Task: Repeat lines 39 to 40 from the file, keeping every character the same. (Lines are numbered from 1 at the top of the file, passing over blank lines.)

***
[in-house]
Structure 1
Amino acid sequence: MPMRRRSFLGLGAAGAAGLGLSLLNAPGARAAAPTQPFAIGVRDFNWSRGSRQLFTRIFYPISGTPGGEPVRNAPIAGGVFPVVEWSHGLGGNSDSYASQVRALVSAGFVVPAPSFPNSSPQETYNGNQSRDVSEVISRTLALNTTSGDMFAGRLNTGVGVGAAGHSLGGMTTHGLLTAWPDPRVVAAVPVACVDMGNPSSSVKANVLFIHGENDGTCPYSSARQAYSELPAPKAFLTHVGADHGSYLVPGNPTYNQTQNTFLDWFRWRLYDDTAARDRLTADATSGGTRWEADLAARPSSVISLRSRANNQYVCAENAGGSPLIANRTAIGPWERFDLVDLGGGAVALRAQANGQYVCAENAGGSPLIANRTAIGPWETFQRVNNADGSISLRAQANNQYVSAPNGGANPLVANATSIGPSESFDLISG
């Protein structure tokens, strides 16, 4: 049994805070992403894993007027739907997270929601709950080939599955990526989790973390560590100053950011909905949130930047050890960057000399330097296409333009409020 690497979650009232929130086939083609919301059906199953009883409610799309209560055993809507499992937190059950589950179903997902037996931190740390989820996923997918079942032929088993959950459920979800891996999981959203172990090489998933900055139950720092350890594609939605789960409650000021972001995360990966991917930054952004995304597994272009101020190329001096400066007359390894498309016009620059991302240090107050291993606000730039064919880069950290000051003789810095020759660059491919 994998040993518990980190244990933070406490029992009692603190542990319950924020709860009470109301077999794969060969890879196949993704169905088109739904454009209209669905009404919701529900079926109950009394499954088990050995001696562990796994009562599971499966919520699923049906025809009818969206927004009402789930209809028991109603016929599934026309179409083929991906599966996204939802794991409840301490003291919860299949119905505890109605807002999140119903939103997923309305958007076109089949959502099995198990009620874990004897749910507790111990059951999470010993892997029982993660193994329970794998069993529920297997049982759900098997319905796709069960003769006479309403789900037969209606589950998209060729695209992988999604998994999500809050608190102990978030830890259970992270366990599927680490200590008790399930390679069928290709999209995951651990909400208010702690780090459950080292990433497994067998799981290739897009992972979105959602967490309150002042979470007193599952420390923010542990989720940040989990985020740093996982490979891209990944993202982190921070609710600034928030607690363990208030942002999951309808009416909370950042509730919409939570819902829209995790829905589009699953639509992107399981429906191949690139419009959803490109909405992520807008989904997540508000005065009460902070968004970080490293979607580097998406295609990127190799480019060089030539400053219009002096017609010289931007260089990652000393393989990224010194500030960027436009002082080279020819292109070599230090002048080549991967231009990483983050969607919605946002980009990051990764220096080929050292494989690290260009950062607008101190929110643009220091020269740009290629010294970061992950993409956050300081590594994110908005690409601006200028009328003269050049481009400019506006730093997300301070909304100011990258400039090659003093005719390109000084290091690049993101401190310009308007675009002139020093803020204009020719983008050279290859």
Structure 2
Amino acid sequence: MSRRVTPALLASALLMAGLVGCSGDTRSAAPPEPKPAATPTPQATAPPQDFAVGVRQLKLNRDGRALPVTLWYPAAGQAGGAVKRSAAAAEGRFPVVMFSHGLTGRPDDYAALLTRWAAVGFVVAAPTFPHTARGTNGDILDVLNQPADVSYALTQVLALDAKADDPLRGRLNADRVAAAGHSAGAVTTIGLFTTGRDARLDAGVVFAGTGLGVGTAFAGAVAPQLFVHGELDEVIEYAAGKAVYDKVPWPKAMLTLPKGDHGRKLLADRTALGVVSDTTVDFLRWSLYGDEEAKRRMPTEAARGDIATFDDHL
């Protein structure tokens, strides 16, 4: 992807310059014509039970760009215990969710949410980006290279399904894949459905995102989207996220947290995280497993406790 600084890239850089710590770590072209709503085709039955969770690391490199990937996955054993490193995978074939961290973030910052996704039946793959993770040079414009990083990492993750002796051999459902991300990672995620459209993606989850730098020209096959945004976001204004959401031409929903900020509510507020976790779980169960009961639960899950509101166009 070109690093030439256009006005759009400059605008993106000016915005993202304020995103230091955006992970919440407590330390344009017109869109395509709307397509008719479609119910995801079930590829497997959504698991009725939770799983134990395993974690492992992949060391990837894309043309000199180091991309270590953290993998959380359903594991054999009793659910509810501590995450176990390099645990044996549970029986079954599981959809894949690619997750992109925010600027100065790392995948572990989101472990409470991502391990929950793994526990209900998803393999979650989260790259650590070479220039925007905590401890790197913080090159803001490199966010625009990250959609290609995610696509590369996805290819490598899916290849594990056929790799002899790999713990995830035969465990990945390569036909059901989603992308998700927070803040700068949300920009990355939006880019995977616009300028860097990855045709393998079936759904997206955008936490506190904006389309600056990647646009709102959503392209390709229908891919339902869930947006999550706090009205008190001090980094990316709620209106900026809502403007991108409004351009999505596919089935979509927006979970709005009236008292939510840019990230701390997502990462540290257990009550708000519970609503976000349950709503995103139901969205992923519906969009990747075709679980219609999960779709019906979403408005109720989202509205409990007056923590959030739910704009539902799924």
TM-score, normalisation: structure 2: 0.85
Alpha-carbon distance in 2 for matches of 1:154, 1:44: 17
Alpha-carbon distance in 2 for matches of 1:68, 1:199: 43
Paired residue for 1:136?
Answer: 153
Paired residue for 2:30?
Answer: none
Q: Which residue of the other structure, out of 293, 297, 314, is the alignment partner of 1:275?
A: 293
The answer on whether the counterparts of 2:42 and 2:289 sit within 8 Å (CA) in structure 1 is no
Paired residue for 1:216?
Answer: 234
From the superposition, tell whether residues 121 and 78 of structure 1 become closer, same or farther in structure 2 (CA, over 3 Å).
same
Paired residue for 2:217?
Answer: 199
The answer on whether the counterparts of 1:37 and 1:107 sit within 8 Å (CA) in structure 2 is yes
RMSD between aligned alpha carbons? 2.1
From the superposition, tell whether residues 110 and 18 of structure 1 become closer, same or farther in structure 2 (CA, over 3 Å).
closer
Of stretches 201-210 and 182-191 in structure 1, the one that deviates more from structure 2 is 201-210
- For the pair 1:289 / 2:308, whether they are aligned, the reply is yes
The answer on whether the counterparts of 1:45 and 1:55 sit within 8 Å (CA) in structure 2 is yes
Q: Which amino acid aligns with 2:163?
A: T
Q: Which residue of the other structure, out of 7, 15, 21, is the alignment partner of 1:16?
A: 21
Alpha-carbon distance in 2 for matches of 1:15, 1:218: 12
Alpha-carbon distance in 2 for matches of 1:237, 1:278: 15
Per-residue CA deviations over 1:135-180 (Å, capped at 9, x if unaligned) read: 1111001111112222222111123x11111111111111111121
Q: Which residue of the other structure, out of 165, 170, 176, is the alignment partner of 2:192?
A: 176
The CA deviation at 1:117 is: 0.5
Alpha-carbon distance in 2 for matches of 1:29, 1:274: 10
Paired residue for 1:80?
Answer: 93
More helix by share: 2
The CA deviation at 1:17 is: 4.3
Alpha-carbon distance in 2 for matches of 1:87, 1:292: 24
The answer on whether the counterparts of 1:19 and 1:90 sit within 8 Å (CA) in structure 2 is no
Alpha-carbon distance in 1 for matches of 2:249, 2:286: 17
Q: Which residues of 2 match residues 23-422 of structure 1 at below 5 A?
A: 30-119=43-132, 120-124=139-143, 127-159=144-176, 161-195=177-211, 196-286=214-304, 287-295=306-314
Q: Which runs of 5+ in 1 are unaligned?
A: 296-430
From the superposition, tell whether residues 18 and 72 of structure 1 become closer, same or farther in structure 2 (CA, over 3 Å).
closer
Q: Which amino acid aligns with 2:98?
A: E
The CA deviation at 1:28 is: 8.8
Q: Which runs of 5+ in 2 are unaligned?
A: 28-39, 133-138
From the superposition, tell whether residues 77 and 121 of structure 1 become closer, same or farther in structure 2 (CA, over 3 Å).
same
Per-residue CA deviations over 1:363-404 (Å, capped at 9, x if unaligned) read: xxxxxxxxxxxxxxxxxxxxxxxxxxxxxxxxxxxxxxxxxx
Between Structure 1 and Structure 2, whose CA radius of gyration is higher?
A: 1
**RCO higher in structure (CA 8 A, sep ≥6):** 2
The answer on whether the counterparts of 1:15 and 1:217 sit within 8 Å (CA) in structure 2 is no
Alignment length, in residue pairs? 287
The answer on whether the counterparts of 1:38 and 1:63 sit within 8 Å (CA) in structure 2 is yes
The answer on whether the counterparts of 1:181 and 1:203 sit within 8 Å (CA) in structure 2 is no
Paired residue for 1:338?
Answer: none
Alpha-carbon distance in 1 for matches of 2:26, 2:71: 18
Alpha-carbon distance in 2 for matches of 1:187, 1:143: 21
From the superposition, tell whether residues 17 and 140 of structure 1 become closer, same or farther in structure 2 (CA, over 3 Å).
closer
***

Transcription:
A: 176
The CA deviation at 1:117 is: 0.5